Circuit and Behavioral Analysis of Klinotaxis in Caenorhabditis elegans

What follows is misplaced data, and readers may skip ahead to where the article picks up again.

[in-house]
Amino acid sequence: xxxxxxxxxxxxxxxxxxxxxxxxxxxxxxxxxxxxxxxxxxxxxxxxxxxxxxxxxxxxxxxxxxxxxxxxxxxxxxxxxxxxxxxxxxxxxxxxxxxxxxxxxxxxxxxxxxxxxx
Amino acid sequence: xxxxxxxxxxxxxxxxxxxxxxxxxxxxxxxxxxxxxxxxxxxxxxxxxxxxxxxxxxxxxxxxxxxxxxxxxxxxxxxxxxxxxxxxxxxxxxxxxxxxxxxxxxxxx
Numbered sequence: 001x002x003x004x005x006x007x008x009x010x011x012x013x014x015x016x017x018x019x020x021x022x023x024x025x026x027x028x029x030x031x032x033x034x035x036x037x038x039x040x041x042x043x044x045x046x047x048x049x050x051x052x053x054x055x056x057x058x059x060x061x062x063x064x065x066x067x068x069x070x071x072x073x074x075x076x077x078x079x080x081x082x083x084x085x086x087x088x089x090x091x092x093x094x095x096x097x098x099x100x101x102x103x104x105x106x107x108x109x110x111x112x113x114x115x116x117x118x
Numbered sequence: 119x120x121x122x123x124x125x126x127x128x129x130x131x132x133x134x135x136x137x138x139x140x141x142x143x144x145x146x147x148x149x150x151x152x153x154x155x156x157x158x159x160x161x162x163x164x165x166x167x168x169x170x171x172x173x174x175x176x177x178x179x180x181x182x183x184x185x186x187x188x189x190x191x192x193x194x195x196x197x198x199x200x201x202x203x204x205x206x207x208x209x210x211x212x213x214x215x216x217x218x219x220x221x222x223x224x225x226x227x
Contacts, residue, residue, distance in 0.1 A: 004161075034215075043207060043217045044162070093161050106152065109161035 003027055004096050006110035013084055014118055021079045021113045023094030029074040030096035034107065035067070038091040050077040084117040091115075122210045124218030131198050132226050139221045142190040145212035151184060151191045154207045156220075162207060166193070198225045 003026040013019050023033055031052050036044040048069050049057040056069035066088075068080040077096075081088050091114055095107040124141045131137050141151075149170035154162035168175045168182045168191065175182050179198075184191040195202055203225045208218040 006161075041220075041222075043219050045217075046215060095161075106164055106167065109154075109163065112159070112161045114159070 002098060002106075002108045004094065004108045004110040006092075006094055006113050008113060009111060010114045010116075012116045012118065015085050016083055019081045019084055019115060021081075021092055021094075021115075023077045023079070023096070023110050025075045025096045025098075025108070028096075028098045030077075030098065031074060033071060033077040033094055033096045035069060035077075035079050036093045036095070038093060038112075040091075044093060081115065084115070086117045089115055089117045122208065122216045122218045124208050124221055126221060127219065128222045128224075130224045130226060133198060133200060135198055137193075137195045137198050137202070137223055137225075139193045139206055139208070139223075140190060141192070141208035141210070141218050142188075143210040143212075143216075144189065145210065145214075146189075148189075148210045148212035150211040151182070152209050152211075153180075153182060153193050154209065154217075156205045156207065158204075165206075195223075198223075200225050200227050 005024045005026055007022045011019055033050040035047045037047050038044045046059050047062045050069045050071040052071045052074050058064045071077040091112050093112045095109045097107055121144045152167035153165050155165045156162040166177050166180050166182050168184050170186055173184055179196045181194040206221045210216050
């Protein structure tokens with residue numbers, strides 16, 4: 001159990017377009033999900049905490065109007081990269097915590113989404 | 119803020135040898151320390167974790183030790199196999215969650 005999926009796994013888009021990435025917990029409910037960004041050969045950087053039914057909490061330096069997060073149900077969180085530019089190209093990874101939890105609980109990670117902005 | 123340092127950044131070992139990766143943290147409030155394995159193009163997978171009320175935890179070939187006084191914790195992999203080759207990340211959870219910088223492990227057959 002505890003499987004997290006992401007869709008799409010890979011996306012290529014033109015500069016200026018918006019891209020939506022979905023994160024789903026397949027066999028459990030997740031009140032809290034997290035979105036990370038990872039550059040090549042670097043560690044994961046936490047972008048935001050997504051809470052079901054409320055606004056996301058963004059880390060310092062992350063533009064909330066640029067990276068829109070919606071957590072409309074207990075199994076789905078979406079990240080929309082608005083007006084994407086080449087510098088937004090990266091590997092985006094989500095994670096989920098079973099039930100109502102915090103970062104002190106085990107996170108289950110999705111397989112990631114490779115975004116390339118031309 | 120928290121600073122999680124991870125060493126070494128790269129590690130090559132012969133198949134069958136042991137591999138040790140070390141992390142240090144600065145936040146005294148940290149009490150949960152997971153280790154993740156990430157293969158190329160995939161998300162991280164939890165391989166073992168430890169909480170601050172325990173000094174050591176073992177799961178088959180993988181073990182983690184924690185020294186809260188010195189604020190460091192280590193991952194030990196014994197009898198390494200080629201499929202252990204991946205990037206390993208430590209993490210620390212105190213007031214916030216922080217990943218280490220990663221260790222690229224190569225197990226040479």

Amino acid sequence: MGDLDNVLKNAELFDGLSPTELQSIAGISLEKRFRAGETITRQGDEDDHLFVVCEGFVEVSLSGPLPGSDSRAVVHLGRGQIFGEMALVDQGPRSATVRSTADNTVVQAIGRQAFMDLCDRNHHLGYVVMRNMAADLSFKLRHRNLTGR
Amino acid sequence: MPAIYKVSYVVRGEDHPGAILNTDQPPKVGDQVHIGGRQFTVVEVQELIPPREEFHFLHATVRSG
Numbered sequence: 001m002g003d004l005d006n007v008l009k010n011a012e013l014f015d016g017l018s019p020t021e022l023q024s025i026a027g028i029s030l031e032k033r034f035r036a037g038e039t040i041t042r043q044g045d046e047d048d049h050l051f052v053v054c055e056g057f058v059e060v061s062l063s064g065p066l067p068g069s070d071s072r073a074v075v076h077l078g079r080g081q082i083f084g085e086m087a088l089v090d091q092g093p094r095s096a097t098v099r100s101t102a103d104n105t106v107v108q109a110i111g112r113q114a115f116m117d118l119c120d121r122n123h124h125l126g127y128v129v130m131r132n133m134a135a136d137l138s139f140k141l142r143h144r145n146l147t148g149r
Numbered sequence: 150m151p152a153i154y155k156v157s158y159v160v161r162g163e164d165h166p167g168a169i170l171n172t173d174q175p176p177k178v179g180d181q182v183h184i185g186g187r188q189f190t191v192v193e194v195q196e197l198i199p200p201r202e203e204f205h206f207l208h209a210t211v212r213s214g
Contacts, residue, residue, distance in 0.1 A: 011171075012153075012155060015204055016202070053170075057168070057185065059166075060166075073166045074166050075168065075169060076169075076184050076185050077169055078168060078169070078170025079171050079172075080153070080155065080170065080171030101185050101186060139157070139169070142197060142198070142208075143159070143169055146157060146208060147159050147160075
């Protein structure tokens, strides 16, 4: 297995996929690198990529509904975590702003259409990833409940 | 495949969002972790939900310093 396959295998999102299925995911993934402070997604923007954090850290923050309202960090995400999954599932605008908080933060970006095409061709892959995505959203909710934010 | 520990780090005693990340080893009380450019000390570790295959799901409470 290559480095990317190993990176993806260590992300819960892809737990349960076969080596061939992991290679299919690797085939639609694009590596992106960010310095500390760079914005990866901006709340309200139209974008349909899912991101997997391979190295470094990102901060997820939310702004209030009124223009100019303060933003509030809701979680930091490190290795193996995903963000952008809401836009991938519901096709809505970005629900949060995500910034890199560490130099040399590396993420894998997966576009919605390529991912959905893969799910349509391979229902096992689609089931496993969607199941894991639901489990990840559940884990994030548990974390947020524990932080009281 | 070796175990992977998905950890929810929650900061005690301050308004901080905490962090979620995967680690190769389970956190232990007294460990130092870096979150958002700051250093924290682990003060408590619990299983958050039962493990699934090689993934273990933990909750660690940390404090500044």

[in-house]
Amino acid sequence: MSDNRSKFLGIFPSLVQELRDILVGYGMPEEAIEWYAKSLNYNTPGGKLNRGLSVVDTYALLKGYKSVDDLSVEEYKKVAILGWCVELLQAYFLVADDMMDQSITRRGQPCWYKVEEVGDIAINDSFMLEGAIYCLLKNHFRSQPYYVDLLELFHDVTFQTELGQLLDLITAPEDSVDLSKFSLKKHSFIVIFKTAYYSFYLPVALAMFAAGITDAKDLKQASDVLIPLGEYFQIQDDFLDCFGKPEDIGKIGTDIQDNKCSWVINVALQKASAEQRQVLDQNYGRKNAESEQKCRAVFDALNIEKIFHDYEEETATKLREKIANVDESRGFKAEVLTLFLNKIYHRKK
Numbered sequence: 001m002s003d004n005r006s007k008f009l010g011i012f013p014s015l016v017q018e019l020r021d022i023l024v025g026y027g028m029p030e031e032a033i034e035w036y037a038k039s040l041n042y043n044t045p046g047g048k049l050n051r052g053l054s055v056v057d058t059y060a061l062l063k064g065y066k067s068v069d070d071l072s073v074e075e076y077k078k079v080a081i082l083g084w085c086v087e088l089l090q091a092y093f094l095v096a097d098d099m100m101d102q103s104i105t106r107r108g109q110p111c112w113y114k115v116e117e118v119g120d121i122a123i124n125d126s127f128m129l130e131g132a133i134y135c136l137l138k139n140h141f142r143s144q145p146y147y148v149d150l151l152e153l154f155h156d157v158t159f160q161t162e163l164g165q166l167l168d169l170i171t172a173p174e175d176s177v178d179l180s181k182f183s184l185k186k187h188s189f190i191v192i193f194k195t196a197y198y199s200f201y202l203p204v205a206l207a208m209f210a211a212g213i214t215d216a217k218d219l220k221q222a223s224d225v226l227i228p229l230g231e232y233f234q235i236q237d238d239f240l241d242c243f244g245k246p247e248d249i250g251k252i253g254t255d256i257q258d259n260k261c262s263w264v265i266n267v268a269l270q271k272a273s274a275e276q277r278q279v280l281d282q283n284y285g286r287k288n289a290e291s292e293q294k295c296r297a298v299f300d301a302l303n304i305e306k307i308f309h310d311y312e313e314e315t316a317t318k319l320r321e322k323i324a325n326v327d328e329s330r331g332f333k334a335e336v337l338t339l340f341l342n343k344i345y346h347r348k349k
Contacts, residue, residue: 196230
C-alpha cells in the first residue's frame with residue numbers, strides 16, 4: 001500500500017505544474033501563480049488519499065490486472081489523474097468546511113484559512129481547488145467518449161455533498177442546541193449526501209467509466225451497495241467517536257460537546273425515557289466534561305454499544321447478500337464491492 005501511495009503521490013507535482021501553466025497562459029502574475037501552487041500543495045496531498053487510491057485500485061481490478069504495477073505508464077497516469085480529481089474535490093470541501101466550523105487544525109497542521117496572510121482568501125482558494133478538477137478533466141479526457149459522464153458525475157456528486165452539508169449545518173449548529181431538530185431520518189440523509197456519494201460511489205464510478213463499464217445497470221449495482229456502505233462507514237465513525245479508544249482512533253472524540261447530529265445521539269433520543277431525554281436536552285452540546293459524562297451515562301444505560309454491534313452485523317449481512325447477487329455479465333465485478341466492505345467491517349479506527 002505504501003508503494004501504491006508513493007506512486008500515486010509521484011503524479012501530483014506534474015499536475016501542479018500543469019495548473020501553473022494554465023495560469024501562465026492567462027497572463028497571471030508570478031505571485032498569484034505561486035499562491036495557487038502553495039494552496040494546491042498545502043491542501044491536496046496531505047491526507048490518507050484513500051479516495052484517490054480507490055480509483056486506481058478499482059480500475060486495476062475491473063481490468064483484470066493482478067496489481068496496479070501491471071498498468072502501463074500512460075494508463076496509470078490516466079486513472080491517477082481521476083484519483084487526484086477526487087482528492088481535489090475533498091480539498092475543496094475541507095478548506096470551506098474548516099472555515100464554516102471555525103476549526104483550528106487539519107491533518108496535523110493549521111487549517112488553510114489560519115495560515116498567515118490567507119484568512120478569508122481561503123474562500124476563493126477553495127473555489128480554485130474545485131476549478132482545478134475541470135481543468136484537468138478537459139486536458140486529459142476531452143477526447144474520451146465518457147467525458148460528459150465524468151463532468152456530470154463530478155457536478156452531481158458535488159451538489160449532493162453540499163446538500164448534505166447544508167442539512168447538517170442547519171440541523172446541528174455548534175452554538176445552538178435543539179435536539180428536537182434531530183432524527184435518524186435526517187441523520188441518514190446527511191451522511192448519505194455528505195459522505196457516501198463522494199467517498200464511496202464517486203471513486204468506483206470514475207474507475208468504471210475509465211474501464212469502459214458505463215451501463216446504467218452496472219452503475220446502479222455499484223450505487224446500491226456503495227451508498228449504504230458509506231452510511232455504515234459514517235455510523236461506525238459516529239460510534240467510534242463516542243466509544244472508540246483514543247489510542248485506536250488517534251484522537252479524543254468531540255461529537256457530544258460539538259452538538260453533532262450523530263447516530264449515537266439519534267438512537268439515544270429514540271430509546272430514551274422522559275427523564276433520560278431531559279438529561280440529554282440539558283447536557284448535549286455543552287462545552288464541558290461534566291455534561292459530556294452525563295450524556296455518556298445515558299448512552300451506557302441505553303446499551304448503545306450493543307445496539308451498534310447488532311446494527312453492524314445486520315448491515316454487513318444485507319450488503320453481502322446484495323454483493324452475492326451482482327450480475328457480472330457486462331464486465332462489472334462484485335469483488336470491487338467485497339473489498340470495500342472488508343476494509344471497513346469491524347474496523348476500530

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The nervous system is a complex organ that functions in most metazoans to sense and respond to a constantly changing world. How the nervous system does this is a major focus of systems-level neuroscience. This dissertation investigates the neural basis of the sensorimotor transformation underlying a spatial orientation strategy in the nematode Caenorhabditis elegans. Motile organisms rely on spatial orientation strategies to navigate to environments that are conducive to organismal fitness and comfort, e.g. environments with the correct temperature, light level, or access to food and mates. As such, spatial orientation strategies as a class represent a key behavior common to most forms of life on earth. To explore the behavioral mechanism used by C. elegans for spatial orientation, we designed and manufactured a microfluidic device that breaks the feedback loop between self-motion and environmental change by partially restraining the animal. The device takes advantage of laminar flow at small scale to provide distinct environments across the dorsoventral undulation that constitutes locomotion in this animal without using a physical barrier. This device allowed us to conclude that worms use the change in chemical concentration sensed between lateral extremes of the locomotion cycle to direct forward locomotion toward a favorable stimulus, an orientation strategy termed klinotaxis. We then investigated the neuronal basis of this behavior using laser ablation, calcium imaging, and optogenetic stimulation. We found a minimal neuronal network for klinotaxis to sodium chloride including the ASE, AIY, AIZ, and SMB neuron classes that displays left/right asymmetry across the sensory neuron, interneuron, and motor neuron levels. We extended these results by ablating other neurons that have been implicated in klinotaxis in other studies. Finally, we imaged the ASE neurons during klinotaxis in microfluidic device and found that these neurons are active on the timescale of individual head swings. Additionally, we found anecdotal evidence that photostimulation of ASE neurons expressing the light sensitive ion channel Channel Rhodopsin (CHR2) is sufficient to stimulate klinotaxis behavior. This dissertation includes previously published co-authored material.